The political crisis in which Sudan is plunged since the overthrow of its president, Omar Hassan al-Bashir, a month ago adds a new and hopeful chapter. Leaders of civil protests and the military have agreed on a three-year transition period to transfer power to a civilian government until elections are held. The parties must now negotiate the composition of the sovereign council that will replace the military man who took command after the deposition of the veteran leader after 30 years in power.
After almost 12 hours of negotiations, the two parties announced an agreement on Wednesday on the transition period, an important step towards a civilian government. While the Transitional Military Council (TMC) was betting for a period of less than two years, the opposition platform Alianza por la Libertad y el Cambio (ALC), wanted it to last four years to allow more time. To get organized. The spokeswoman for the protest movement, Taha Osman, said they had agreed on the power structure for the transition that would include the formation of a sovereign council, a cabinet and a legislative council. For his part, Lieutenant General Yasser al-Atta, member of the military council, announced on Wednesday that in less than 24 hours the "final agreement" will be signed and confirmed that the Parliament, which will consist of 300 members, will be integrated into its two third parties by members of the citizen movement that forced the fall of Al Bashir, while the rest will be taken by parties that are not part of the alliance. On the agenda of the new administration will be to sign peace agreements with rebels in the war zones such as Darfur, Blue Nile and South Kordofan, who have been fighting against the central government for years.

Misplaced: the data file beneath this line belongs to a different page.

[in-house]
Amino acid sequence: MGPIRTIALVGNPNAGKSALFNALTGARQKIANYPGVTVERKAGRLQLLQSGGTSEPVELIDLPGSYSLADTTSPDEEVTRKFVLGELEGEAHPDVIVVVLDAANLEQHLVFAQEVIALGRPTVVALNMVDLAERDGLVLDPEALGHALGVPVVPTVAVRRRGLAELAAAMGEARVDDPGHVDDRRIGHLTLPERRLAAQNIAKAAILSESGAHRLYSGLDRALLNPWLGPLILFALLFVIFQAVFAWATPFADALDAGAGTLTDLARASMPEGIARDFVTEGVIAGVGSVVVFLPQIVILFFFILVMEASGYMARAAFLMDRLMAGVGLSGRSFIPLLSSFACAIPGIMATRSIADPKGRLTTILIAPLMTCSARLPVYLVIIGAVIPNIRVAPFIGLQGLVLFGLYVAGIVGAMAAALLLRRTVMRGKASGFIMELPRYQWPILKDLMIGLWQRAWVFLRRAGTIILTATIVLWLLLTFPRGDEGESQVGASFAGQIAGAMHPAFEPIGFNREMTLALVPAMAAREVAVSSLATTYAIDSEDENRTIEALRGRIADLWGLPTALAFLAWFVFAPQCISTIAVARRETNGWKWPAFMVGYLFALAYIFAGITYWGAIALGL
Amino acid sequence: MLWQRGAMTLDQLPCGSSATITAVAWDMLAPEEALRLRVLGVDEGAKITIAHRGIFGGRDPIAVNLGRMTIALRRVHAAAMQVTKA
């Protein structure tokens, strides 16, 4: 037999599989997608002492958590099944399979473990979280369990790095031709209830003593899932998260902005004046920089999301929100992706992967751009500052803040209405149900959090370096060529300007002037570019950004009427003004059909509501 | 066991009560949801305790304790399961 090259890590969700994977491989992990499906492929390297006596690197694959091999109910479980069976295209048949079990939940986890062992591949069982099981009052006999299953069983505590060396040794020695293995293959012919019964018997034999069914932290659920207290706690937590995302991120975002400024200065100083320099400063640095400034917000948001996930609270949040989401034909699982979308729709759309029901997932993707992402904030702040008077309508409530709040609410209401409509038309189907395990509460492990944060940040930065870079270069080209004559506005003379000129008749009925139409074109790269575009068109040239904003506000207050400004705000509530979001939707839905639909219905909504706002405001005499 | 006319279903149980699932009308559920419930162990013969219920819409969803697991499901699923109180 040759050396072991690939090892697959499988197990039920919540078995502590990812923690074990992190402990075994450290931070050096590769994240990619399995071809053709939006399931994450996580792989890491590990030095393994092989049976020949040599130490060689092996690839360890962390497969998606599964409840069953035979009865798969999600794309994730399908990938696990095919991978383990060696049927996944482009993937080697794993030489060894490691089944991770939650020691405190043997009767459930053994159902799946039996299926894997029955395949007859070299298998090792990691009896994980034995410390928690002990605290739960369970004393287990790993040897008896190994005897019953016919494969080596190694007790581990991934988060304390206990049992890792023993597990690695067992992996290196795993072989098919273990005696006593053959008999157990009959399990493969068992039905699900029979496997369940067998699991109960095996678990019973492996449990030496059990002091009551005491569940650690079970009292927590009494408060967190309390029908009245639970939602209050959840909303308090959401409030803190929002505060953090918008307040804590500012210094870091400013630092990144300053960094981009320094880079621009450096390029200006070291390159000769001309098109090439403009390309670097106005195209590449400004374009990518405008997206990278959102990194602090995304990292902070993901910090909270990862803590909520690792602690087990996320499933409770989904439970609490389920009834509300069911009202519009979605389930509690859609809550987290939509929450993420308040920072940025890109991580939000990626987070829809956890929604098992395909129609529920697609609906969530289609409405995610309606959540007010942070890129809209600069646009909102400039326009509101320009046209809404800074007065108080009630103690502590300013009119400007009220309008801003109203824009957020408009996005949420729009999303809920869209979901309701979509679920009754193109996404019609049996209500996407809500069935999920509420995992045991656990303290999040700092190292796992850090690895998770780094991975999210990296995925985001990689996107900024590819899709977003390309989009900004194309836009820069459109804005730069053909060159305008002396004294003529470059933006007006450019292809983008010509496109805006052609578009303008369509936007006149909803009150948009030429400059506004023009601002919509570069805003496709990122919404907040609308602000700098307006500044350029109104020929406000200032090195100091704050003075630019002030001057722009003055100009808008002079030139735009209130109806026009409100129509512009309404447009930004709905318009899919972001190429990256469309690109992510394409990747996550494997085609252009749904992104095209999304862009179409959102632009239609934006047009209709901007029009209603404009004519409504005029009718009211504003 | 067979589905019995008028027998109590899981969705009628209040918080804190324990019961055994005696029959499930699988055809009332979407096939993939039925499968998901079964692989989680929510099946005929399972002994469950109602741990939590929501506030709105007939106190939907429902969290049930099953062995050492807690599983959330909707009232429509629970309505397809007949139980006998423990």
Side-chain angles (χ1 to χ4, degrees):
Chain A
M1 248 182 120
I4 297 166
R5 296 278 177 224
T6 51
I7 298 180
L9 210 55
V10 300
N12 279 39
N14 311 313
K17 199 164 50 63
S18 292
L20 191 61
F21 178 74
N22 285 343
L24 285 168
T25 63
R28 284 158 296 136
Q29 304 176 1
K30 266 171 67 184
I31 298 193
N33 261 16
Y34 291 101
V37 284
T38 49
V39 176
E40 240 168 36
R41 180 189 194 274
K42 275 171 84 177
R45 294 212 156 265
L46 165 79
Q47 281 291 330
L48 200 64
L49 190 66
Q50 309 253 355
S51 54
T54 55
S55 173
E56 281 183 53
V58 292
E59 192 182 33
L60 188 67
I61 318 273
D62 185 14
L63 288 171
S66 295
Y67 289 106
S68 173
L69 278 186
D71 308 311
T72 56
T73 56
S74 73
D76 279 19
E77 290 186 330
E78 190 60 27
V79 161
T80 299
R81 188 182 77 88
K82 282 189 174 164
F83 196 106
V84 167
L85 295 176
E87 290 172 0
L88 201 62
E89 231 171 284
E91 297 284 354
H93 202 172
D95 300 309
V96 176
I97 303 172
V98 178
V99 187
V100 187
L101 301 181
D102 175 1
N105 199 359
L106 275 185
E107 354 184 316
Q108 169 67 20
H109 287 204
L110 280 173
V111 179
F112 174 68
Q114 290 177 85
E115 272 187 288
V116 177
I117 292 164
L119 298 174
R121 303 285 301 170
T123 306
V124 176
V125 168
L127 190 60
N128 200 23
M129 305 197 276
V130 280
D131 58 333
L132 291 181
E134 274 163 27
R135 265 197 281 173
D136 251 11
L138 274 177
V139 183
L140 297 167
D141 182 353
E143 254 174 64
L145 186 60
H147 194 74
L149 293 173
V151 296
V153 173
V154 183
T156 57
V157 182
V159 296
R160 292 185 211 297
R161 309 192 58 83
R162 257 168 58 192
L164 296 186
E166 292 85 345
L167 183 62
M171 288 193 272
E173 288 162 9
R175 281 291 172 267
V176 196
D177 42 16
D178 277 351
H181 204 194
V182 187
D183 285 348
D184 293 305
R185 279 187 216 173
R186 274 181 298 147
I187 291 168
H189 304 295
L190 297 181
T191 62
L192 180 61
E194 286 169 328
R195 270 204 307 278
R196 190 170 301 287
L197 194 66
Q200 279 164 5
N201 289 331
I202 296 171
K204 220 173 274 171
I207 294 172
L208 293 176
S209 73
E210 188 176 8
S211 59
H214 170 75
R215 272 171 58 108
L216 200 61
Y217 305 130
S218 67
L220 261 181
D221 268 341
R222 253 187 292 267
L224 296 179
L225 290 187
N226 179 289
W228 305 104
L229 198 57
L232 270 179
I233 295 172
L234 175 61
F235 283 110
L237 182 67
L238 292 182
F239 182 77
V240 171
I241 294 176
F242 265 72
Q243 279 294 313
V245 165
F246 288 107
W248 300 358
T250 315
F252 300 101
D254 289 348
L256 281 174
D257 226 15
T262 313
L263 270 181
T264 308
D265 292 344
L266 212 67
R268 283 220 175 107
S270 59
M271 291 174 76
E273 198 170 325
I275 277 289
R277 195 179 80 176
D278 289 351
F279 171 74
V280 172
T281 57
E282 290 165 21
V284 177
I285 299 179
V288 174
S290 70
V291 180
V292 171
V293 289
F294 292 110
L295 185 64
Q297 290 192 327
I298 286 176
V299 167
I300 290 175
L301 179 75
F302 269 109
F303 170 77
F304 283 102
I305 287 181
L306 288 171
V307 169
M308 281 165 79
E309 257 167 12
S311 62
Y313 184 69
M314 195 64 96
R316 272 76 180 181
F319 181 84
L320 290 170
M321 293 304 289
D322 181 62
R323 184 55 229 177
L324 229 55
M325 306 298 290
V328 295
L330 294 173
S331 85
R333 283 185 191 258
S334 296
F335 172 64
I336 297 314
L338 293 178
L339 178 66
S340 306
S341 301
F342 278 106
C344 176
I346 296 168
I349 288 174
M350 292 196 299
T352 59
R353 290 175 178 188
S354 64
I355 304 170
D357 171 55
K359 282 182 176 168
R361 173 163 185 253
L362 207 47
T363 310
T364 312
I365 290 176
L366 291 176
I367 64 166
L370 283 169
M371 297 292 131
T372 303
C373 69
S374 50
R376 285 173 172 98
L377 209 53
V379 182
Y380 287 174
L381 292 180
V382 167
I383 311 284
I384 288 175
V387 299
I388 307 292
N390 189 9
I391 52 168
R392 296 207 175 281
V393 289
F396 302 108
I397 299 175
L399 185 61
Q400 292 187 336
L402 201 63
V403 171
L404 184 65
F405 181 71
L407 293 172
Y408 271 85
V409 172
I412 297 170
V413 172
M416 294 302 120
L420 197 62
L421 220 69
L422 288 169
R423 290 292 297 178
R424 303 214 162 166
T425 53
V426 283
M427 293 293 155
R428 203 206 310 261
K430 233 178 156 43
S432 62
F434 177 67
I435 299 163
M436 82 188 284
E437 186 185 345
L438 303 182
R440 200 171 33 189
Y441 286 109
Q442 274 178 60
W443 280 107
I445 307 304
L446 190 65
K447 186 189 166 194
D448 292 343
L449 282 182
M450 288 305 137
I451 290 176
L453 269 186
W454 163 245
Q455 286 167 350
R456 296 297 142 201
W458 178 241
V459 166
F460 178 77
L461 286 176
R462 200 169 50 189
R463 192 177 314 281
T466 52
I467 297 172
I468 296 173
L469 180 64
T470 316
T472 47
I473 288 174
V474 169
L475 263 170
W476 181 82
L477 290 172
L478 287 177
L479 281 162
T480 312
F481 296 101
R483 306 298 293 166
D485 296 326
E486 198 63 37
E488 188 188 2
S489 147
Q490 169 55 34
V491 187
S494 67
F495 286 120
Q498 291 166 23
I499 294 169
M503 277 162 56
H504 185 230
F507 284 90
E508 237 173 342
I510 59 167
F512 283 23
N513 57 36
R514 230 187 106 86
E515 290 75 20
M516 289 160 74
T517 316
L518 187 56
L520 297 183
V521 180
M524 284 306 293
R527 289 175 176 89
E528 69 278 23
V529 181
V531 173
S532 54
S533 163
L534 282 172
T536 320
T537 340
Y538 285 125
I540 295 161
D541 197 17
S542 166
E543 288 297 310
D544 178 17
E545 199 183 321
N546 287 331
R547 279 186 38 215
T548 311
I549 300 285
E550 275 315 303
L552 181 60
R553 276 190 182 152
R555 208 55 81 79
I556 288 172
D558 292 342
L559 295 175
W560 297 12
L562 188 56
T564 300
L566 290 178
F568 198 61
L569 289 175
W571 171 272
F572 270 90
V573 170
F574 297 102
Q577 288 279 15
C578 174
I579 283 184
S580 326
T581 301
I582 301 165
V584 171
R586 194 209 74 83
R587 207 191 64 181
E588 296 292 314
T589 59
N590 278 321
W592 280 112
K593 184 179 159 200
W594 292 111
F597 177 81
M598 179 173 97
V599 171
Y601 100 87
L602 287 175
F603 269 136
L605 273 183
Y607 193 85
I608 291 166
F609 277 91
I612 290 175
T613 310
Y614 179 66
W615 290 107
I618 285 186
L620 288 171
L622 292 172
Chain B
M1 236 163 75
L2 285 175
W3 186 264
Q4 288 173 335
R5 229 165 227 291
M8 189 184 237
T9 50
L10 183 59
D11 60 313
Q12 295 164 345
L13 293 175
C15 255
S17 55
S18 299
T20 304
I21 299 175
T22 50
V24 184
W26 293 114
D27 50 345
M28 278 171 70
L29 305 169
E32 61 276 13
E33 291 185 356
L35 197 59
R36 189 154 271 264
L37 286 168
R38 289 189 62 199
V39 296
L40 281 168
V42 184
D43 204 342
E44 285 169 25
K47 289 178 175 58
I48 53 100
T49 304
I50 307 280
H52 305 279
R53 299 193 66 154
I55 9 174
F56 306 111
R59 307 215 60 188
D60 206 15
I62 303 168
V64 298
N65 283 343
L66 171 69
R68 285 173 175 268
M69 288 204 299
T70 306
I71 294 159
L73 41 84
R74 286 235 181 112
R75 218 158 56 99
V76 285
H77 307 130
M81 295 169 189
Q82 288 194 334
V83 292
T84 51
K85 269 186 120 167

However, there are still many fringes to be resolved, such as deciding who will lead the sovereign council; the protest movement demands that civilians have the majority (eight of the 11 members), while the generals that would count on the support of Saudi Arabia, Egypt and the United Arab Emirates ask that it be formed mainly by the military (in concrete by seven soldiers and four civilians).
For his part, Al-Bahir, who was transferred to a maximum security prison, was accused Monday of incitement and participation in the killing of protesters during the protests that began in December. They also accuse him of money laundering and terrorist financing.
Violence taints negotiations
Violence has overshadowed the transition in Sudan. The negotiations were marred by the killing of at least five protesters and a member of the security forces in clashes outside the military headquarters in the capital, Khartoum. Both the opposition alliance and the US embassy pointed to the military as guilty of the violent acts, as an attempt to "disturb the progress" in the negotiations. Despite the initial confusion over the identity of the armed men, both sides blamed the security factions loyal to al-Bashir. The deaths on Monday were the first after several weeks of peaceful protests; If the violent acts are repeated they could jeopardize the transition. (tagsToTranslate) sudan (t) transition